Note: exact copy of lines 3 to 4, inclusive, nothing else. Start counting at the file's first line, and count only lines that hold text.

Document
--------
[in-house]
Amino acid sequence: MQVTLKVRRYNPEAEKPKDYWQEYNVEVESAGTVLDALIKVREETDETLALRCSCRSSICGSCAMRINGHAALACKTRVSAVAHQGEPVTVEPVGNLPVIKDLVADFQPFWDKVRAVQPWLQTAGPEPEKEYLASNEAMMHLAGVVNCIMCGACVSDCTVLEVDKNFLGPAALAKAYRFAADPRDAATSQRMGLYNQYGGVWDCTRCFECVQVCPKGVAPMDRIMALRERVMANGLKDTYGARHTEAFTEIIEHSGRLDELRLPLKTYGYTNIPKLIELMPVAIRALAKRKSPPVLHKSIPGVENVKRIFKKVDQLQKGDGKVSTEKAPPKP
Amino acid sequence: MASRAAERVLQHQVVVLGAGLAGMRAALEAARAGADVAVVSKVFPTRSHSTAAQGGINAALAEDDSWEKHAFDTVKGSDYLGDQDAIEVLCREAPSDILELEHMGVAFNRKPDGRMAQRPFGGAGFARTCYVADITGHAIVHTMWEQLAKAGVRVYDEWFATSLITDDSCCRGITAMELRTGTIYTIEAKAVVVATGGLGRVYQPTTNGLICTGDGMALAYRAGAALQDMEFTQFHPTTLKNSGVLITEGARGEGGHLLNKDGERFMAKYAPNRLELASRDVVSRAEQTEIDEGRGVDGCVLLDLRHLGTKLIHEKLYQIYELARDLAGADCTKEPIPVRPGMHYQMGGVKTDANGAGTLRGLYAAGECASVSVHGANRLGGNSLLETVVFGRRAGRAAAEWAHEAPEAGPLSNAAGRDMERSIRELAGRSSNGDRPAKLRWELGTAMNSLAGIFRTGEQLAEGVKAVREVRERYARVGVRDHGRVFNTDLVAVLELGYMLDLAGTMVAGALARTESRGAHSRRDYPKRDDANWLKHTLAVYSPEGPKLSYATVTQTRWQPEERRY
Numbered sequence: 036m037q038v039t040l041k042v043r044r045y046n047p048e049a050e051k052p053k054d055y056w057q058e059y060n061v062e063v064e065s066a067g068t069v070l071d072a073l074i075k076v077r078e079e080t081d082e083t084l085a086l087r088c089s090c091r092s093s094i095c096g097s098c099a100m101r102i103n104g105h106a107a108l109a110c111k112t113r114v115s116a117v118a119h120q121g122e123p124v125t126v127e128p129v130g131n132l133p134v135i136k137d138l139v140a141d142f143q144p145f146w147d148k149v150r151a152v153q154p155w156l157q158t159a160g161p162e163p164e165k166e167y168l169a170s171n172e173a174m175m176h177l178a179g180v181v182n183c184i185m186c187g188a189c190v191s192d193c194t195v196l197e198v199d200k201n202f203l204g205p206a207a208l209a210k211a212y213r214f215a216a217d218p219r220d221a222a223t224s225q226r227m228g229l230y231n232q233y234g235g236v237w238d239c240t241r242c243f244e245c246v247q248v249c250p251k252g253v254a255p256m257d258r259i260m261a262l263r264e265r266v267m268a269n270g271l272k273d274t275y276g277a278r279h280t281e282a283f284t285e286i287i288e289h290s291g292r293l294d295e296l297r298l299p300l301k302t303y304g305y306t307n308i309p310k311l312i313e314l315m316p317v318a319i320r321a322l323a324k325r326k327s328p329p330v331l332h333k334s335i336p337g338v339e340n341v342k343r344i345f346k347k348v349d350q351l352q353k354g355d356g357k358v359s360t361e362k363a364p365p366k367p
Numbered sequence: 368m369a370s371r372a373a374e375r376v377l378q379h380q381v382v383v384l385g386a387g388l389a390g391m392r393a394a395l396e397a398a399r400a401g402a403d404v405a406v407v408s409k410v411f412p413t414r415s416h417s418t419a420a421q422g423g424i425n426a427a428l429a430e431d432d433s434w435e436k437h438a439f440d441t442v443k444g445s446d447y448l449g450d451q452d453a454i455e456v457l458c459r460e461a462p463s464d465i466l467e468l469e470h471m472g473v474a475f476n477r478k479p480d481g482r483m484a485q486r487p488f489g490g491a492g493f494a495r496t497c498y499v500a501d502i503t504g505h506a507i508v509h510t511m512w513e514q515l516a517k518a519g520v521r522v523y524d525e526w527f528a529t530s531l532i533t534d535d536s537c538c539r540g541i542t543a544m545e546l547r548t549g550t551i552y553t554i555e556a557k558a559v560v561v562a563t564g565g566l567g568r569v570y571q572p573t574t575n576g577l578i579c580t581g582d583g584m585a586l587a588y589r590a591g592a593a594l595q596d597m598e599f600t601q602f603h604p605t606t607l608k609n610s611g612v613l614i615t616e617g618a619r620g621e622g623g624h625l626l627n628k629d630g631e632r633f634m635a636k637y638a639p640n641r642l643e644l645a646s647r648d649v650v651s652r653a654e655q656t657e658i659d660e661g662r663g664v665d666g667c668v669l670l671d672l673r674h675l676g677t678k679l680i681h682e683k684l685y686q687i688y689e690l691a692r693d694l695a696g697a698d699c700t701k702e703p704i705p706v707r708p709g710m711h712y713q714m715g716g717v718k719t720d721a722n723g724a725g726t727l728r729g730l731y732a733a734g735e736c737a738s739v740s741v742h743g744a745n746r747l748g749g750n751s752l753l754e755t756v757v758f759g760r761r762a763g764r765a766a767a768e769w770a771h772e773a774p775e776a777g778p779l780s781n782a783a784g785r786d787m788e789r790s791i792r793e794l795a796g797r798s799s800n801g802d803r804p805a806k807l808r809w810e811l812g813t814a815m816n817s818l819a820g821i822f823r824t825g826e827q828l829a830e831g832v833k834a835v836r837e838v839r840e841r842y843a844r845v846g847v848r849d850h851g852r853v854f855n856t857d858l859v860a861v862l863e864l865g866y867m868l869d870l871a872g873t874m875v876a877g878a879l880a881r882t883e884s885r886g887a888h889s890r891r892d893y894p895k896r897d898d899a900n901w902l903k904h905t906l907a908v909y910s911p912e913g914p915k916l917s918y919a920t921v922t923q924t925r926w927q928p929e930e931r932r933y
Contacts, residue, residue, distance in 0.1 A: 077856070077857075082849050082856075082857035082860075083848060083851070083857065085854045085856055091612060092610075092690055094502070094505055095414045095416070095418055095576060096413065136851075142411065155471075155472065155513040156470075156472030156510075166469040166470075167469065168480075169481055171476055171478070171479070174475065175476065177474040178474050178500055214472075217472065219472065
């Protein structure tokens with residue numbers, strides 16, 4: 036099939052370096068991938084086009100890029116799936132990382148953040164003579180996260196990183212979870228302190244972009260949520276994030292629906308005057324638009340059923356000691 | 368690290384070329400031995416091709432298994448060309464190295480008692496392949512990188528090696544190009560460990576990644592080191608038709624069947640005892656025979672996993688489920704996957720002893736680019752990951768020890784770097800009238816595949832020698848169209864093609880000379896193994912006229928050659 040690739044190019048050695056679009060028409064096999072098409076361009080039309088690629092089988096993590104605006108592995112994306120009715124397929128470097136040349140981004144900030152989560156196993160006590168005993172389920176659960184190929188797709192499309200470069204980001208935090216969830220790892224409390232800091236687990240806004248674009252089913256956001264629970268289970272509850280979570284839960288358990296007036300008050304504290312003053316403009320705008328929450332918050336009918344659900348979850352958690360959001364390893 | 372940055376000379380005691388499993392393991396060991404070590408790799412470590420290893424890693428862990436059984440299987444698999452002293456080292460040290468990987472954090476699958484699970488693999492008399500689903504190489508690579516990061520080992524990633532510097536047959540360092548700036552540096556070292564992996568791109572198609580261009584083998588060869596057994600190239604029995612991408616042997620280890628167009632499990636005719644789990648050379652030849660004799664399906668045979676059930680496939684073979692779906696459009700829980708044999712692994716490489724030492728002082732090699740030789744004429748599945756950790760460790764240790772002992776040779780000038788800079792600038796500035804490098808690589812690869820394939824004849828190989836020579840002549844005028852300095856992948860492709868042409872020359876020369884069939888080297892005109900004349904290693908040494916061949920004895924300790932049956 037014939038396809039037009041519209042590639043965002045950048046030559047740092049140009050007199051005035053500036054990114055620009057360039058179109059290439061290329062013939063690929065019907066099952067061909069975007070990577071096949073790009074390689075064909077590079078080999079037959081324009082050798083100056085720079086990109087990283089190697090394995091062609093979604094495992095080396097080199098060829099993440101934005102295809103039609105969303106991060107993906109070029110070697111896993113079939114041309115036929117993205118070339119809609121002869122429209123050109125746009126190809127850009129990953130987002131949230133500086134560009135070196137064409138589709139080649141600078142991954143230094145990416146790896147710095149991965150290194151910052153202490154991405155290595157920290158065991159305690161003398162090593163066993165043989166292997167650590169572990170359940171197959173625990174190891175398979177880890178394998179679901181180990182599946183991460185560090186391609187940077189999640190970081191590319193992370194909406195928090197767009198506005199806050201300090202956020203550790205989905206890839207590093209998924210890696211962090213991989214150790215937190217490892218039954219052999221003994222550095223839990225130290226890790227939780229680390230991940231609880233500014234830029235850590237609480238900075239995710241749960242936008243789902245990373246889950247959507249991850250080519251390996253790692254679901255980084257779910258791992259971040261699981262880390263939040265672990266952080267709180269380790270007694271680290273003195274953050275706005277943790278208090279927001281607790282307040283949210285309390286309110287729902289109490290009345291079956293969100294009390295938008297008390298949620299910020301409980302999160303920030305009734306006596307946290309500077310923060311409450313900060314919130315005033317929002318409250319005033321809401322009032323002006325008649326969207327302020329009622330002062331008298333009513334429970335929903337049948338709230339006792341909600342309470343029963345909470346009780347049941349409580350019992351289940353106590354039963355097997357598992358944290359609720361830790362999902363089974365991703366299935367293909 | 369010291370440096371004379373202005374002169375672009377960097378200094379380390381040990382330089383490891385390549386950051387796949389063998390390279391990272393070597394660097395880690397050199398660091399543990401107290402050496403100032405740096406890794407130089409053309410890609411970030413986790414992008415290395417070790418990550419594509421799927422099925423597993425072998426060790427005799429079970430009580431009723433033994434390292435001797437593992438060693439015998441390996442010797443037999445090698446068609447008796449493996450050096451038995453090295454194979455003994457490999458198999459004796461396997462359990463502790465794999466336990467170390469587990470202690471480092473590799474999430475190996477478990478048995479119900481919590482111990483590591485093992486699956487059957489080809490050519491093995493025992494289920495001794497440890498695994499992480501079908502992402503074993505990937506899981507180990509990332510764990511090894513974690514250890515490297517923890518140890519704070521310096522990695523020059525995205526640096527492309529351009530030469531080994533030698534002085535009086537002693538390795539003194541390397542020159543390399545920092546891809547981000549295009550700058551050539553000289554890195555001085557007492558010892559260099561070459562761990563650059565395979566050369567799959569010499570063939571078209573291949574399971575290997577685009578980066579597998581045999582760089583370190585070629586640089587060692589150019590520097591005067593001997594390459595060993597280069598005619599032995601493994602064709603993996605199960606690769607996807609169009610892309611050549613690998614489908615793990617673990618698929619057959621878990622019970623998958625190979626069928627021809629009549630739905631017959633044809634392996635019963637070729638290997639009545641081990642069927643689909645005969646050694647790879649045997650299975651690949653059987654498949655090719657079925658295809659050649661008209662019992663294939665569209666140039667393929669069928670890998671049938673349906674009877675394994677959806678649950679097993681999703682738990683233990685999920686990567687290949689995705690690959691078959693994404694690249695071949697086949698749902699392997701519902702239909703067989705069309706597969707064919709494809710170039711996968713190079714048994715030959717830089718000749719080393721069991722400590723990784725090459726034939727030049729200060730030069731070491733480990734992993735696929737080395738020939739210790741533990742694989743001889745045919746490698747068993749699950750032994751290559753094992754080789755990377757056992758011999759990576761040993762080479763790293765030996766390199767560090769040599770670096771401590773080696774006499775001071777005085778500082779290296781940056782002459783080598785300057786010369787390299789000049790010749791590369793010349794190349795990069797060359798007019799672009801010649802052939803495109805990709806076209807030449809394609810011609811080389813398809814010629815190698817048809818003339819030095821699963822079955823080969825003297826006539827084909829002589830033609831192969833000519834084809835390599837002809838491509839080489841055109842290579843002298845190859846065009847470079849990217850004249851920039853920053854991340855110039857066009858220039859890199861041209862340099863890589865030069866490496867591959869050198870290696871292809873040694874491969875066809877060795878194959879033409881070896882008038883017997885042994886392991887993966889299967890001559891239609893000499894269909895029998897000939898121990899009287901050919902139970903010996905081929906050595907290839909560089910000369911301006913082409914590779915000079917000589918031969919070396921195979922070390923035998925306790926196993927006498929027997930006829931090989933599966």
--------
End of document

Amino acid sequence: MASRAAERVLQHQVVVLGAGLAGMRAALEAARAGADVAVVSKVFPTRSHSTAAQGGINAALAEDDSWEKHAFDTVKGSDYLGDQDAIEVLCREAPSDILELEHMGVAFNRKPDGRMAQRPFGGAGFARTCYVADITGHAIVHTMWEQLAKAGVRVYDEWFATSLITDDSCCRGITAMELRTGTIYTIEAKAVVVATGGLGRVYQPTTNGLICTGDGMALAYRAGAALQDMEFTQFHPTTLKNSGVLITEGARGEGGHLLNKDGERFMAKYAPNRLELASRDVVSRAEQTEIDEGRGVDGCVLLDLRHLGTKLIHEKLYQIYELARDLAGADCTKEPIPVRPGMHYQMGGVKTDANGAGTLRGLYAAGECASVSVHGANRLGGNSLLETVVFGRRAGRAAAEWAHEAPEAGPLSNAAGRDMERSIRELAGRSSNGDRPAKLRWELGTAMNSLAGIFRTGEQLAEGVKAVREVRERYARVGVRDHGRVFNTDLVAVLELGYMLDLAGTMVAGALARTESRGAHSRRDYPKRDDANWLKHTLAVYSPEGPKLSYATVTQTRWQPEERRY
Numbered sequence: 036m037q038v039t040l041k042v043r044r045y046n047p048e049a050e051k052p053k054d055y056w057q058e059y060n061v062e063v064e065s066a067g068t069v070l071d072a073l074i075k076v077r078e079e080t081d082e083t084l085a086l087r088c089s090c091r092s093s094i095c096g097s098c099a100m101r102i103n104g105h106a107a108l109a110c111k112t113r114v115s116a117v118a119h120q121g122e123p124v125t126v127e128p129v130g131n132l133p134v135i136k137d138l139v140a141d142f143q144p145f146w147d148k149v150r151a152v153q154p155w156l157q158t159a160g161p162e163p164e165k166e167y168l169a170s171n172e173a174m175m176h177l178a179g180v181v182n183c184i185m186c187g188a189c190v191s192d193c194t195v196l197e198v199d200k201n202f203l204g205p206a207a208l209a210k211a212y213r214f215a216a217d218p219r220d221a222a223t224s225q226r227m228g229l230y231n232q233y234g235g236v237w238d239c240t241r242c243f244e245c246v247q248v249c250p251k252g253v254a255p256m257d258r259i260m261a262l263r264e265r266v267m268a269n270g271l272k273d274t275y276g277a278r279h280t281e282a283f284t285e286i287i288e289h290s291g292r293l294d295e296l297r298l299p300l301k302t303y304g305y306t307n308i309p310k311l312i313e314l315m316p317v318a319i320r321a322l323a324k325r326k327s328p329p330v331l332h333k334s335i336p337g338v339e340n341v342k343r344i345f346k347k348v349d350q351l352q353k354g355d356g357k358v359s360t361e362k363a364p365p366k367p